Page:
Congratulations to Eversource Energy for scaring the daylights out of Connecticut residents upon the approach of Tropical Storm Henri, warning that two-thirds of them might lose electricity for as long as three weeks. The company was preparing people to be glad if they just escaped with their lives and never got electricity again.
Of course, the storm weakened and changed course enough to spare Connecticut the severe damage that Eversource terrified people about. Only a few percent of the company's customers lost power and most got it back in a day.
Along with its hysterical warning, Eversource said it had recruited more supplemental repair crews from out of state than ever so the company might be more prepared than ever. As it turned out, many of the crews were diverted to Rhode Island, where damage was worse.
But Eversource may be somewhat forgiven for its hysteria, since it was a response to state government's own hysteria last August following Tropical Storm Isaias, whose winds were underestimated by forecasters and did more damage to Connecticut than any storm in many years. As a result repairs to the electric grid last August were painfully slow and Eversource and United Illuminating were faulted for poor coordination with municipal officials.
After last August's storm government officials couldn't just blame the trouble on the difficulty of predicting the weather. For the great virtue of life in Connecticut is convenience, and the power outages last August caused almost unprecedented inconvenience. People were angry, and blaming the weather satisfied no one. So government officials blamed the utilities and eventually even fined them for their supposed lack of preparation.
This time the weather's changeability worked in Connecticut's favor and the electric companies were overprepared. As Governor Lamont said, overprepared beats underprepared, and most people were relieved.
But an electric utility's preparation for a storm will always be a judgment call, susceptible to mockery by nature, and overpreparation, however satisfying at first, will have its own costs. Eventually many of those extra out-of-state crews will show up in Connecticut's electric bills.
Electric companies are convenient scapegoats in politics, which is why few elected officials who complain about them ever propose that government take over the electricity business directly, eliminating the buffer of a regulatory agency.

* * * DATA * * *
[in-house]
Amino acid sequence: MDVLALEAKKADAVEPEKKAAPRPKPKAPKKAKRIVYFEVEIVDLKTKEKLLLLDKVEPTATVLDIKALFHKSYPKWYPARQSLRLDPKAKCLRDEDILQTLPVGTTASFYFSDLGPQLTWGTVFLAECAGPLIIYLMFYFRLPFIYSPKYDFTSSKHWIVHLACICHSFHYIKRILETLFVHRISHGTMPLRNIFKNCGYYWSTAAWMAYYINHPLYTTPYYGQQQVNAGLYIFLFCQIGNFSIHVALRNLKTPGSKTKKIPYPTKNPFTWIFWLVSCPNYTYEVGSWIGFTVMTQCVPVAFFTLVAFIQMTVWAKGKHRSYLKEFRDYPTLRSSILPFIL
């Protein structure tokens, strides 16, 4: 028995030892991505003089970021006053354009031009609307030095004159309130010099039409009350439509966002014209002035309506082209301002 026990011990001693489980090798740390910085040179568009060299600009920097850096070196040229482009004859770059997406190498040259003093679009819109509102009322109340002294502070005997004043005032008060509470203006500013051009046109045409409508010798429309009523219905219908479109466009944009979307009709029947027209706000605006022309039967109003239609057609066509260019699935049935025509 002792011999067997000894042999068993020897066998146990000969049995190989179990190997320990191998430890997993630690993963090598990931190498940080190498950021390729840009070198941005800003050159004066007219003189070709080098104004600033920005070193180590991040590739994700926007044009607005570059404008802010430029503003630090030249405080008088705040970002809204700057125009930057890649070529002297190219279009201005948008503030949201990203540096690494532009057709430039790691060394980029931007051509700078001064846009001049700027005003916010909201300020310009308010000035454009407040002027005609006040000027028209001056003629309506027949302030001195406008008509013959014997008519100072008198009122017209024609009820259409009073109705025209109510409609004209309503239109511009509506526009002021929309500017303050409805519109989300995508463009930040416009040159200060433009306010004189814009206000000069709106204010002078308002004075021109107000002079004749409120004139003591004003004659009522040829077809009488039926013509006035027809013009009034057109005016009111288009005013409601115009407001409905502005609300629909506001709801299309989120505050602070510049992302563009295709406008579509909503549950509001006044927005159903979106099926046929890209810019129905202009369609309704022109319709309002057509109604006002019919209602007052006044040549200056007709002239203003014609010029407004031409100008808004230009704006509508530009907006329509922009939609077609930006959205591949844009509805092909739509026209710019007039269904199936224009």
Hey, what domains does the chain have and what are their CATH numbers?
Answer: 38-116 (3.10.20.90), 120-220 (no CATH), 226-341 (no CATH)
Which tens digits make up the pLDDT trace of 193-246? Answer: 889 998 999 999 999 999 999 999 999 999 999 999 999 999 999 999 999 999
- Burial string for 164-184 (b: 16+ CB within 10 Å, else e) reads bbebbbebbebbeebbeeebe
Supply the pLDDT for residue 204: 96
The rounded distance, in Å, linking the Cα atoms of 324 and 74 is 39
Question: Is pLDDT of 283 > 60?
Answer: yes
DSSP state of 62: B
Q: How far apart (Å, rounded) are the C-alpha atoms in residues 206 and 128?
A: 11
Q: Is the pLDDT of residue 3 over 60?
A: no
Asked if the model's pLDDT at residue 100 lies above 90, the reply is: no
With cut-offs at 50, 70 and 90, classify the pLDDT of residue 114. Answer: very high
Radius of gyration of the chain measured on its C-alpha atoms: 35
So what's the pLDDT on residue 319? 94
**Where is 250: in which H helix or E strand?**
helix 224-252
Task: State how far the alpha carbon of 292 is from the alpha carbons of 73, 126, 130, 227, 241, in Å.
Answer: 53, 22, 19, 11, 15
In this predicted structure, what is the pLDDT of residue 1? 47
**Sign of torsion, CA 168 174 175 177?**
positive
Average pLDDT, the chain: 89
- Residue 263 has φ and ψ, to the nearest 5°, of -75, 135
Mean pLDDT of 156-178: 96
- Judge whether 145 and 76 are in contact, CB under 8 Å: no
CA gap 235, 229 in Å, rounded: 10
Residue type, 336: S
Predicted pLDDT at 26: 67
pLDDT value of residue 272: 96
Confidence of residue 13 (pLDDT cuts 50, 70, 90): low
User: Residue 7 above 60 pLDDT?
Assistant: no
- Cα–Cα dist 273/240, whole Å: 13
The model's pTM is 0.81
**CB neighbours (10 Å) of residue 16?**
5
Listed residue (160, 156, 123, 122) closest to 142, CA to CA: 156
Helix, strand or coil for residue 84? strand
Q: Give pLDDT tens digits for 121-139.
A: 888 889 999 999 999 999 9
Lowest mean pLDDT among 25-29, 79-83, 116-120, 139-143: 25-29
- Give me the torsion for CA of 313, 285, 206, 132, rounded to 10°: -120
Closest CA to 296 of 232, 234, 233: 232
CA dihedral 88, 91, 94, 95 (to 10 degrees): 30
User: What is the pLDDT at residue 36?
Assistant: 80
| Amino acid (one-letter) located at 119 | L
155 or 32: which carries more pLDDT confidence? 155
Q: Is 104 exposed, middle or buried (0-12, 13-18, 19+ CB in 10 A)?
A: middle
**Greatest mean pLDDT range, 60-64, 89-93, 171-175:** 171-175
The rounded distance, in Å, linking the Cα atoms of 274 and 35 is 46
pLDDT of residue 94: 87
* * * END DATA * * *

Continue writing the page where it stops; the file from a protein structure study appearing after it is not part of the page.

State government admits that it isn't properly maintaining its transportation system. Despite ever-increasing appropriations, Connecticut's schools have been declining as well. The electrical system is more complicated technically than those two others. So people who can't manage the transportation and school systems well may be doubly glad they don't have to manage electricity, too.
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In his great speech in 1944 Judge Learned Hand declared that "the spirit of liberty is the spirit that is not too sure it is right." But according to a poll reported last week by the Pew Research Center, nearly half the country – 48% – wants the government to start censoring "false" information.
The poll found 65% of Democrats favor censorship while only 28% of Republicans do. Democrats used to be the party of free speech and Republicans the party of repression. But now Democrats hold the presidency and Congress, politics is more bitter than ever, and power still corrupts, even faster these days.
So who is to decide what is false? That will be decided by the people in power – people with names like Johnson, Nixon, Bush, Trump, and, yes, Hitler, Stalin, Mao, Putin, Xi, Kim, and Khameini, for censorship is the essence of totalitarianism.
Of course, imposing censorship in the United States would require subverting the First Amendment. But this has already started under President Biden.
Constitutions, laws, and courts aren't enough to preserve liberty, Hand warned. "Liberty," the judge said, "lies in the hearts of men and women. When it dies there, no constitution, no law, no court can even do much to help it. While it lies there, it needs no constitution, no law, no court to save it."
If the Pew poll is right, almost half the country has lost the spirit of liberty. Can the other half save it?
Chris Powell is a columnist for the Journal Inquirer in Manchester.